According to the 2017 Census of Agriculture, Nebraska increased its number of acres under no-till by nearly 1 million — going from 9,360,482 to 10,256,995 from 2012 to 2017. Meanwhile, cover crop acres more than doubled from 2012 to 2017 — going from 357,264 to 747,903. Farms planting cover crops rose from 2,826 to 4,419.
Of course, the motivation for planting cover crops varies from farm to farm. As part of the Nebraska Farm Real Estate Market Survey and Report 2018-19 special feature section, panel members — including experts in agribusinesses and the ag real estate industry — were surveyed on different motivations and considerations for cover crop use in Nebraska, and implications on cropland lease arrangements.
Based on panel responses, the biggest reason for planting cover crops was soil health at 30.6%, followed by a not entirely unrelated category, conservation, at 27.9%. This was followed by livestock grazing at 25.3%, secondary forages at 8.3%, and lastly, cost-share funding at 7.9%.
So, when planting a cover crop, what implications are there for land lease arrangements? Should landowners provide a discounted rent for tenants? For this survey, 82.4% of the panel members reported no rent discount for tenants planting cover crops. Meanwhile, 14.3% reported discounts of $1 to $9 per acre, only 1.9% reported discounts of $10 to $20 per acre, and even fewer, 1.4%, reported discounts of $21 or more per acre.
"Landowners need to take into account the long-term benefits of cover crop practices on their properties," says Jim Jansen, Nebraska Extension agricultural economist and one of the authors of the report. “According to survey results, we didn't see a large percentage of participants that provide a discount for some of these practices.
“That said, landowners need to take a closer look at understanding what tenants are doing in cover crops. The benefit on the short term may include reducing erosion. In the long run, it might increase soil organic matter and nutrient availability, where nutrients are kept from transitioning into a state that may not be accessible by plants or cause environmental issues."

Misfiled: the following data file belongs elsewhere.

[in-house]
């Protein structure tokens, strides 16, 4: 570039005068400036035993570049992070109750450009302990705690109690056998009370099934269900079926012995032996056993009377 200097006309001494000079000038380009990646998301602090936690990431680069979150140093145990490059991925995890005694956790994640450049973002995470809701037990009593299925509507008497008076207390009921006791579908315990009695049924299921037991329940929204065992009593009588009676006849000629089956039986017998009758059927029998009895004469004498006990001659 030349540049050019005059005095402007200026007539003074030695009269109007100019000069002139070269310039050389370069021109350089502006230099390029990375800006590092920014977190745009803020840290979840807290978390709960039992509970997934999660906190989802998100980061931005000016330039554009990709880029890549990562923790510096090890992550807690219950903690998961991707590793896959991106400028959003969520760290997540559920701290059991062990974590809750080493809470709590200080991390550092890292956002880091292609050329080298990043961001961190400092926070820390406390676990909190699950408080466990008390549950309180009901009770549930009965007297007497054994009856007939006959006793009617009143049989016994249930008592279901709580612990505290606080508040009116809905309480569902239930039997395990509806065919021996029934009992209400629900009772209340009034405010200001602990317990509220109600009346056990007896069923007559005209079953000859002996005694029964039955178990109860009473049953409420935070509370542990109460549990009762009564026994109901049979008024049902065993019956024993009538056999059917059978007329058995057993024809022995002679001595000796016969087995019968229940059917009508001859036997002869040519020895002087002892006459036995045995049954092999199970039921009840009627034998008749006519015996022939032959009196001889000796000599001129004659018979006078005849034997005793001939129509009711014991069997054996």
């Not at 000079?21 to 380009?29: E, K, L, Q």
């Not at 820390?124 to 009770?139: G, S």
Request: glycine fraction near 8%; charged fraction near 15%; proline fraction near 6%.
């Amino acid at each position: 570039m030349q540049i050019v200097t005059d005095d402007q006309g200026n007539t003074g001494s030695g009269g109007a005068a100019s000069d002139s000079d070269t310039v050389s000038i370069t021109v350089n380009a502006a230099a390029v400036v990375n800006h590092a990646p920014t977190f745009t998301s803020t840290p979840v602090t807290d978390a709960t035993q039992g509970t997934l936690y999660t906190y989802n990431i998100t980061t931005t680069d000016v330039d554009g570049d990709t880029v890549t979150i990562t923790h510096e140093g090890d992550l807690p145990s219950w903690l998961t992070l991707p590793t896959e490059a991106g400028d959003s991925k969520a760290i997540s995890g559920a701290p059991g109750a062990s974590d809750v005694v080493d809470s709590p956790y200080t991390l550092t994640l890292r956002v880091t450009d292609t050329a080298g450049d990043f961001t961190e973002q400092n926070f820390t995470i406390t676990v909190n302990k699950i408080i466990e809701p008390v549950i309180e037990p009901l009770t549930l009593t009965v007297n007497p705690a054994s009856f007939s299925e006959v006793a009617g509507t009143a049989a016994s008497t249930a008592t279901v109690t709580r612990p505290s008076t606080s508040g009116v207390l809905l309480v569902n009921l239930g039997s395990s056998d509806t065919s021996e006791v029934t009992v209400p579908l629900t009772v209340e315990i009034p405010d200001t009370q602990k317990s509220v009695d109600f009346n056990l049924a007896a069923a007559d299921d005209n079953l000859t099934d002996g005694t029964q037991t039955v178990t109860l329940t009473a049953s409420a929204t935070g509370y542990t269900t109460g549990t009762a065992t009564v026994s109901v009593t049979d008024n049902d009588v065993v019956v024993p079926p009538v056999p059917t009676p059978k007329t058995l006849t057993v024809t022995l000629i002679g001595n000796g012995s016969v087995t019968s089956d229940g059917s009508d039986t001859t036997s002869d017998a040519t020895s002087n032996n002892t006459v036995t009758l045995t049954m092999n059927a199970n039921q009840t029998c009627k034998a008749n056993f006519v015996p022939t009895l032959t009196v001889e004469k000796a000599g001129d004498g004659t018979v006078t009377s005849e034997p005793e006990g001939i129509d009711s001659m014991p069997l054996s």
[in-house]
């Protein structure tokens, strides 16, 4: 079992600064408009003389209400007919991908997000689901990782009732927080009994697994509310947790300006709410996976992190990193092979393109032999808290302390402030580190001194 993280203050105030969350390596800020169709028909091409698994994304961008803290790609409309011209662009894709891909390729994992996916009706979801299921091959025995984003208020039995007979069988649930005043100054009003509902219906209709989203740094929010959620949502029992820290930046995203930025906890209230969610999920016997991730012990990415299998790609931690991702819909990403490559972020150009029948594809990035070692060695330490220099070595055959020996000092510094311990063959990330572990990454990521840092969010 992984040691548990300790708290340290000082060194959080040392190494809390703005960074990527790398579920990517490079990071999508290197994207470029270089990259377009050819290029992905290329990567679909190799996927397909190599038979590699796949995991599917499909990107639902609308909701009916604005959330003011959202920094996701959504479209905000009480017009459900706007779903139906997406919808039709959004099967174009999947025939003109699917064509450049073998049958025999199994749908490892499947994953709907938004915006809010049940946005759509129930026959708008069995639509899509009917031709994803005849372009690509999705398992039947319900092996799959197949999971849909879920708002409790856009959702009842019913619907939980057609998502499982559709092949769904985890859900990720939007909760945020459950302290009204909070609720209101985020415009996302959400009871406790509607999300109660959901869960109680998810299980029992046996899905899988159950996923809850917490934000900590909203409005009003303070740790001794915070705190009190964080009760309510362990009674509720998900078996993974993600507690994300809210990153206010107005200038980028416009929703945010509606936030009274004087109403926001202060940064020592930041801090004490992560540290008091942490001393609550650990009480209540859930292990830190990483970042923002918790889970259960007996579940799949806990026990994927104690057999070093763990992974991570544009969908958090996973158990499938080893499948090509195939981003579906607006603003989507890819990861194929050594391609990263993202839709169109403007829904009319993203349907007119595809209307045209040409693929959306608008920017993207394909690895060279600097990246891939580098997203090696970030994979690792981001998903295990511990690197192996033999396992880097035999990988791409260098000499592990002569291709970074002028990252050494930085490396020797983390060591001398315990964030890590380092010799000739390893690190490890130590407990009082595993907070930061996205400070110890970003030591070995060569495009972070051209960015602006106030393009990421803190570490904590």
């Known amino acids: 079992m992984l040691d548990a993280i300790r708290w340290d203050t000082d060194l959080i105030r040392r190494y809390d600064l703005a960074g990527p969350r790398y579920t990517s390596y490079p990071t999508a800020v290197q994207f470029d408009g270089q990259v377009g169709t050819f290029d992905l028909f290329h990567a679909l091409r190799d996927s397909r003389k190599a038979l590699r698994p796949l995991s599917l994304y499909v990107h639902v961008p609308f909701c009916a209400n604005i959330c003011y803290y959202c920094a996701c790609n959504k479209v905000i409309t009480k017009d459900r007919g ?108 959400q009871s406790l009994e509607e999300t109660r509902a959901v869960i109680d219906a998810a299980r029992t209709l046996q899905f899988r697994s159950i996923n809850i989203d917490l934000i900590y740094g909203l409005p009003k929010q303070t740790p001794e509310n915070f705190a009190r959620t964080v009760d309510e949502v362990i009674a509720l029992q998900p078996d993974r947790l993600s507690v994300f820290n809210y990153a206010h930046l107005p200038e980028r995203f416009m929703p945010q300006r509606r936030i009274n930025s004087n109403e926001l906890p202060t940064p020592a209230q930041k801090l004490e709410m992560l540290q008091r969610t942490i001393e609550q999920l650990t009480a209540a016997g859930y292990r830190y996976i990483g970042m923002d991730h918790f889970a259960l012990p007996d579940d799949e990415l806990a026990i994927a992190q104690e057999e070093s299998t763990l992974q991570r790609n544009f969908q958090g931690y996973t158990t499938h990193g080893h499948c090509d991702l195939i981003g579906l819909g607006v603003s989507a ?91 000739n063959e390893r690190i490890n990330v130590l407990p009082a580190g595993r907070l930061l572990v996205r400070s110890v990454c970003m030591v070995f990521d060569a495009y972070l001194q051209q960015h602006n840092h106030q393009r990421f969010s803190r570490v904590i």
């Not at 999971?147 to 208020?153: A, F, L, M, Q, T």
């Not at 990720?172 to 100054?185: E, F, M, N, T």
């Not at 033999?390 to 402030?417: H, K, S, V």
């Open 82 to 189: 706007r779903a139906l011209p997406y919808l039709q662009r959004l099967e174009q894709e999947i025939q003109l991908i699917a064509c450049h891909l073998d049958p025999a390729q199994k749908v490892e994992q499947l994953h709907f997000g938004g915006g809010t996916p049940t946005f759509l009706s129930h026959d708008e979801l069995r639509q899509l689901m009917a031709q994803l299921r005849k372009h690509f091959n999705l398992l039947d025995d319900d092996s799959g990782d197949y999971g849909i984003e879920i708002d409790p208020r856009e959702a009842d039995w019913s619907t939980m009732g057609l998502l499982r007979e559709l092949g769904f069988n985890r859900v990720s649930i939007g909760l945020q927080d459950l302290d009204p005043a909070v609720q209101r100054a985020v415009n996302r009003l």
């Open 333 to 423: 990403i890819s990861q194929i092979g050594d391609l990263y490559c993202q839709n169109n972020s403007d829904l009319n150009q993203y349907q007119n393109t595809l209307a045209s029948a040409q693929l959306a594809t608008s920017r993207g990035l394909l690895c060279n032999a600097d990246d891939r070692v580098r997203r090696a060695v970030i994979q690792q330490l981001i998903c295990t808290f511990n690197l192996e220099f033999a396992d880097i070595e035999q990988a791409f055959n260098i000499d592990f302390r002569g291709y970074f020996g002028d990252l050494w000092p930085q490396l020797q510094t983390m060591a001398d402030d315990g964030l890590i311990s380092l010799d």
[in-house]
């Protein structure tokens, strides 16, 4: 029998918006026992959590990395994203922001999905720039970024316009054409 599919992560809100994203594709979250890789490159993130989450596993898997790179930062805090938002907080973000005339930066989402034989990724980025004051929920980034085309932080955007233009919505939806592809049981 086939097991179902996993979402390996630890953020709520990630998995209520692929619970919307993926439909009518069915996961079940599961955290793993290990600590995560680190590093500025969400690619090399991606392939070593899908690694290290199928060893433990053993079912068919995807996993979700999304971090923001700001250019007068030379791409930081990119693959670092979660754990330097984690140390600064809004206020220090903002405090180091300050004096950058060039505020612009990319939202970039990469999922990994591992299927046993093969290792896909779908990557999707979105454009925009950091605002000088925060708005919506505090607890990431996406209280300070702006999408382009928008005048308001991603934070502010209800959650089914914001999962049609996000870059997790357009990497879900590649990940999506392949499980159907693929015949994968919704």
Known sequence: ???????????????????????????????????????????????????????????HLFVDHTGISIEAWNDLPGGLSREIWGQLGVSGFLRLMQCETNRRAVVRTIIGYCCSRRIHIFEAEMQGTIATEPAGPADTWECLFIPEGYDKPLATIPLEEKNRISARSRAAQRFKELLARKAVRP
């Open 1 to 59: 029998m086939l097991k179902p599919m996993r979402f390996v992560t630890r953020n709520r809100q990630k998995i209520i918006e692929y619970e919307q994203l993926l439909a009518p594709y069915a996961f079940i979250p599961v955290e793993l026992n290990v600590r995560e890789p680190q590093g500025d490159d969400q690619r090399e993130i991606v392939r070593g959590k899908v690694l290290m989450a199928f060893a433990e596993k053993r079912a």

Landlords may share in the cost of the seed and fertilizer. In the case of a crop share arrangement, the establishment expenses may be divided in proportion of the share.
"When it comes to a cash lease, that's where we really need to maybe take a look at providing a discount, because this is not just short-term but maybe long-term benefits, and the tenant may not realize the full benefits in one year alone," Jansen adds. "This is a good negotiation point for a tenant to discuss as part of lease negotiation."
Although not discussed in the survey, there may be an opportunity to sublease cover crop acres for some form of a secondary forage, depending on the circumstances the cover crops were established under. However, this would need to be negotiated as part of the land lease arrangement, and the method for dividing of any additional rental income from the sublease between the landlord and tenant.
It's also important to check with your crop insurance agent or local USDA Natural Resources Conservation Service representative to ensure compliance with any cost-share or disaster-related program payments.
"Depending on the circumstances, the producer may not have the option to consider utilizing the cover crop as secondary forage, whether by use with livestock or cutting for hay and bailing or chopping," Jansen says. "You might need to account for those factors, but this may be a way to partially offset the establishment costs of this practice."